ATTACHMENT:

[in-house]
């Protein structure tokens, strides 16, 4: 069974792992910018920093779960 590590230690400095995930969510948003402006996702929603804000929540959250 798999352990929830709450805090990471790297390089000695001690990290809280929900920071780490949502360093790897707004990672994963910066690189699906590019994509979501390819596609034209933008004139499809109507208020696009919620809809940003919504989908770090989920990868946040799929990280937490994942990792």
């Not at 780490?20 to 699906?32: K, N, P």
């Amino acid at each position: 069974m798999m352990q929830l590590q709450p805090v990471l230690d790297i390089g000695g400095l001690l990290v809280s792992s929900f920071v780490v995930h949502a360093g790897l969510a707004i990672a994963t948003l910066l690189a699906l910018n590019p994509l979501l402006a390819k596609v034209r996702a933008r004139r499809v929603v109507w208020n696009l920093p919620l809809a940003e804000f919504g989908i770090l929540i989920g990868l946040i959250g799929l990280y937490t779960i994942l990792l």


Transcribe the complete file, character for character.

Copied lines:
[in-house]
């Protein structure tokens, strides 16, 4: 069974792992910018920093779960 590590230690400095995930969510948003402006996702929603804000929540959250 798999352990929830709450805090990471790297390089000695001690990290809280929900920071780490949502360093790897707004990672994963910066690189699906590019994509979501390819596609034209933008004139499809109507208020696009919620809809940003919504989908770090989920990868946040799929990280937490994942990792």
């Not at 780490?20 to 699906?32: K, N, P």
């Amino acid at each position: 069974m798999m352990q929830l590590q709450p805090v990471l230690d790297i390089g000695g400095l001690l990290v809280s792992s929900f920071v780490v995930h949502a360093g790897l969510a707004i990672a994963t948003l910066l690189a699906l910018n590019p994509l979501l402006a390819k596609v034209r996702a933008r004139r499809v929603v109507w208020n696009l920093p919620l809809a940003e804000f919504g989908i770090l929540i989920g990868l946040i959250g799929l990280y937490t779960i994942l990792l």